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A number of iMac Pro and MacBook Pro owners have reported issues with macOS enduring kernel panics, with initial investigations into the problems suggesting something connected to Apple's T2 security chip is to blame — but actual service numbers don't point to a hardware problem.
Threads in Apple's support forums discuss issues with the iMac Pro, and more recently the 2018 MacBook Pro. All describe how the Mac crashes, entering a kernel panic and requiring it to be restarted, or in some cases rebooting itself automatically.
DigitalTrends noted the thread on Wednesday, attributing it to the T2 chip in the MacBook Pro. The publication believes that the problem manifested in the iMac Pro as well, and has been carried forward to the new hardware.
A common trait found in the error messages is the mention of Bridge OS. The Bridge OS is an embedded operating system that is used by the T2 chip, which Apple uses to perform a variety of functions instead of making the processor handle the tasks.
The T2 sub-processor manages the image quality of the FaceTime camera, as well as regulating boot safety and boot security, encrypting and decrypting data sent to flash storage, fan speeds, speakers, and secures built-in microphones. It is also used to power "Hey Siri" vocal prompts for Apple's digital assistant.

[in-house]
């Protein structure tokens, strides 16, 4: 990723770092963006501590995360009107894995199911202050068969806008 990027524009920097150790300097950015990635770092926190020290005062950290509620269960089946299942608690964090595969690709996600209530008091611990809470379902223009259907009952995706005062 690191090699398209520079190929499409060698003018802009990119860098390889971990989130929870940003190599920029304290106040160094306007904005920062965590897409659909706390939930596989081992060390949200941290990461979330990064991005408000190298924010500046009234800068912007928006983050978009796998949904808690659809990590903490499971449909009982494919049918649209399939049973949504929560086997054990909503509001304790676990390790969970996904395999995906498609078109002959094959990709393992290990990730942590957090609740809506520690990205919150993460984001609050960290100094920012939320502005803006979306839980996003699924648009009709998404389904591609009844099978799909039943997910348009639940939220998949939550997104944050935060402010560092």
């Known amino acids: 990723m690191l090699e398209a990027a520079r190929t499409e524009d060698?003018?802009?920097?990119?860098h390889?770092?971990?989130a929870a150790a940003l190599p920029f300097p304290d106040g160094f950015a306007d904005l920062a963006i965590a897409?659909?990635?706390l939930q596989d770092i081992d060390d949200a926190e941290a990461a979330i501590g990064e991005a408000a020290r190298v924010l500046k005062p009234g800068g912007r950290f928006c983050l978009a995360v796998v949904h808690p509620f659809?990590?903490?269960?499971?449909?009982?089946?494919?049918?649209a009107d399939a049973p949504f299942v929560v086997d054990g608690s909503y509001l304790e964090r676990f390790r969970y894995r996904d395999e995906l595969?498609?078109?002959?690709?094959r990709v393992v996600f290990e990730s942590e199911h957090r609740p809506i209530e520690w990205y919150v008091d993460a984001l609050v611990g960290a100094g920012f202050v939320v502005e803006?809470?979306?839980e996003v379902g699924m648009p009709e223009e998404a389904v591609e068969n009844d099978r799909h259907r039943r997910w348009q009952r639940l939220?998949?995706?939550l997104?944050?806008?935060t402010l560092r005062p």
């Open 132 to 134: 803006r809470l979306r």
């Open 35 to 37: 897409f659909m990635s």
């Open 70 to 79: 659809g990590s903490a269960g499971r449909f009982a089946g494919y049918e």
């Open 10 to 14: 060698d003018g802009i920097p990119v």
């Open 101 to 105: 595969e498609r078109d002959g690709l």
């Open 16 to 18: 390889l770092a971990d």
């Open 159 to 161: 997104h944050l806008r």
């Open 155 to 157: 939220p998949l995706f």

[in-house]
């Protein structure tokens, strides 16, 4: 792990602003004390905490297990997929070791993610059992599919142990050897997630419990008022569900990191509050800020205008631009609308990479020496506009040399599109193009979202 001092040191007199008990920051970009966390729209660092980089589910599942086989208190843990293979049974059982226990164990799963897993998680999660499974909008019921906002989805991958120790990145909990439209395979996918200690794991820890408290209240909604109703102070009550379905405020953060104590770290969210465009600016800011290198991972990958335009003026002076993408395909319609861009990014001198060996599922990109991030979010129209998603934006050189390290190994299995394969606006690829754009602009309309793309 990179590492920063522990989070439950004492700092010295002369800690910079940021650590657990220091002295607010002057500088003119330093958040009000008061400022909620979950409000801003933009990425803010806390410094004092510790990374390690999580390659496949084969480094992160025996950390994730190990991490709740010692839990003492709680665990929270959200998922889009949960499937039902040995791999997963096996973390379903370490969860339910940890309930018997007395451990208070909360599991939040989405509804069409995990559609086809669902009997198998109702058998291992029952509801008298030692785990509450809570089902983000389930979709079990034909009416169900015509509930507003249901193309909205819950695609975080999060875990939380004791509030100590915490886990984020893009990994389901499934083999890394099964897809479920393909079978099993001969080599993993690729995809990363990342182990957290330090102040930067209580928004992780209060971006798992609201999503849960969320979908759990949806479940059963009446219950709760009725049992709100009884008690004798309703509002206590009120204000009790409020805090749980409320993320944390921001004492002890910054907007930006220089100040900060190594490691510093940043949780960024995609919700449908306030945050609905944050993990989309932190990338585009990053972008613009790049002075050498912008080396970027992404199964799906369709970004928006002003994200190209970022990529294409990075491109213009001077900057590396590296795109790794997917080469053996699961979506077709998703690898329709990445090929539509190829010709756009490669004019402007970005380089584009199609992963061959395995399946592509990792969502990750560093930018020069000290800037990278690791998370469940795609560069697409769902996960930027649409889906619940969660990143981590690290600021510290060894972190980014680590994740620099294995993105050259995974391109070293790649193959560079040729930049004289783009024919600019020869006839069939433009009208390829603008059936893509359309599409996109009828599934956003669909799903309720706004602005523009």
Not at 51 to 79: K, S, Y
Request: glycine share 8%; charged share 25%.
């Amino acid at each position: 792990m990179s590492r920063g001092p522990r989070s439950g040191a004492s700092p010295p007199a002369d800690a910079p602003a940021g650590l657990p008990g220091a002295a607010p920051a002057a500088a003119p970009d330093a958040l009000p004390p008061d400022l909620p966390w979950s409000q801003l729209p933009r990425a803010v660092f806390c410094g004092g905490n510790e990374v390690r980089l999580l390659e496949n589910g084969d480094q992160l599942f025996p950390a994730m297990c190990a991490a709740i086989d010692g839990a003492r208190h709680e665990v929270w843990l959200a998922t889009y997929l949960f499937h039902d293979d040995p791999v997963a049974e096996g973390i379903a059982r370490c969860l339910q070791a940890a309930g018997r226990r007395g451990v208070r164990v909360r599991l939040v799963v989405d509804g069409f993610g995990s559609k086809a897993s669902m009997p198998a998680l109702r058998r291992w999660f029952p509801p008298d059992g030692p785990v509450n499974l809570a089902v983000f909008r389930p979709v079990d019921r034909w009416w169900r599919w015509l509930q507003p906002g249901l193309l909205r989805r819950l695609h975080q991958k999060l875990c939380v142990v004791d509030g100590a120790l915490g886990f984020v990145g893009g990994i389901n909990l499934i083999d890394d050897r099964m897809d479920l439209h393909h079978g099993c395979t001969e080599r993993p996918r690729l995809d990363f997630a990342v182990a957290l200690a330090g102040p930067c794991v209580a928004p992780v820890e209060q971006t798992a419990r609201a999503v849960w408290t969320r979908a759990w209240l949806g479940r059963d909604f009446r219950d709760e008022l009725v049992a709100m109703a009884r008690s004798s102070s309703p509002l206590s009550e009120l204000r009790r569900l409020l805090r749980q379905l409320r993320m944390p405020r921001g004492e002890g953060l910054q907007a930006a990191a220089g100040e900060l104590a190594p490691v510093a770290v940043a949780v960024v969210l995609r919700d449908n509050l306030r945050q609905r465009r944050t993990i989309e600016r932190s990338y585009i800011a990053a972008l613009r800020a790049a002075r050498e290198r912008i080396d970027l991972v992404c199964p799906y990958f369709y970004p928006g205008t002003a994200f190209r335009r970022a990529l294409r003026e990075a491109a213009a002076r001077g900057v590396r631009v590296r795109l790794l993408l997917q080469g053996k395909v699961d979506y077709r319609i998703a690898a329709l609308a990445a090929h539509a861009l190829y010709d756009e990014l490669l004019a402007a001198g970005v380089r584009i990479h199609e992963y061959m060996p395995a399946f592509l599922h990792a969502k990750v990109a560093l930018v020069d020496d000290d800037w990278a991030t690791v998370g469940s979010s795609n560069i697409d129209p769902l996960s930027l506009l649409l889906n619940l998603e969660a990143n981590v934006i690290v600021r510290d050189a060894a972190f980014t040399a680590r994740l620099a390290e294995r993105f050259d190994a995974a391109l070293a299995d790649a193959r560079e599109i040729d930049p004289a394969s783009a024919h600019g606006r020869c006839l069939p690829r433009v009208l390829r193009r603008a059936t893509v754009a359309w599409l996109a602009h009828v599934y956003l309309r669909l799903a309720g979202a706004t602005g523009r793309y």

While the cause of the kernel panics are unclear, with symptoms and hardware setups varying between users, Apple is seemingly aware of the problem and has been working on it since the start of 2018. One user notes the Kernel Version increase from 17.3.0 to 17.4.0 resulted in fewer panics, reducing the count from a daily occurrence to one that happens once or twice a week.
In some cases, Apple has reportedly replaced the hardware, but the issue seemingly continued even on the new unit for a few users, suggesting a software conflict of some sort.
In the posts, Apple support staff suggests iMac Pro users wipe and reinstall MacOS, disable FileVault, and disable Power Nap. For those not willing to perform those, other forum posts suggested crashes could be reduced by not daisy-chaining devices, not using a Thunderbolt 3-to-Thunderbolt 2 adapter, disable Secure Boot, turn off power management options, remove third-party kernel extensions, avoid leaving it to idle overnight, and to not unlock it with an Apple Watch.
By the numbers
Using the same service centers that we've used for MacBook Pro keyboard failure rates, as well as for "bendgate" data collation from about two years ago, AppleInsider has collected data on possible T2 issues.
Across all the centers we use since the iMac Pro release, there have been 103 iMac Pros coming in for some form of service under warranty out of a pool of well over 100,000 incidents across all of Apple's product lines in total. Of those 103, four of them were for unexplained system crashes linked to the "bridgeOS." Of those four, a fresh macOS reinstall fixed them all.
This is obviously not a large sample of iMac Pro service incidents, from a computer that isn't selling in massive quantities. However, if there were a wide-spread hardware problem, it would be apparent that there was in even this small sample.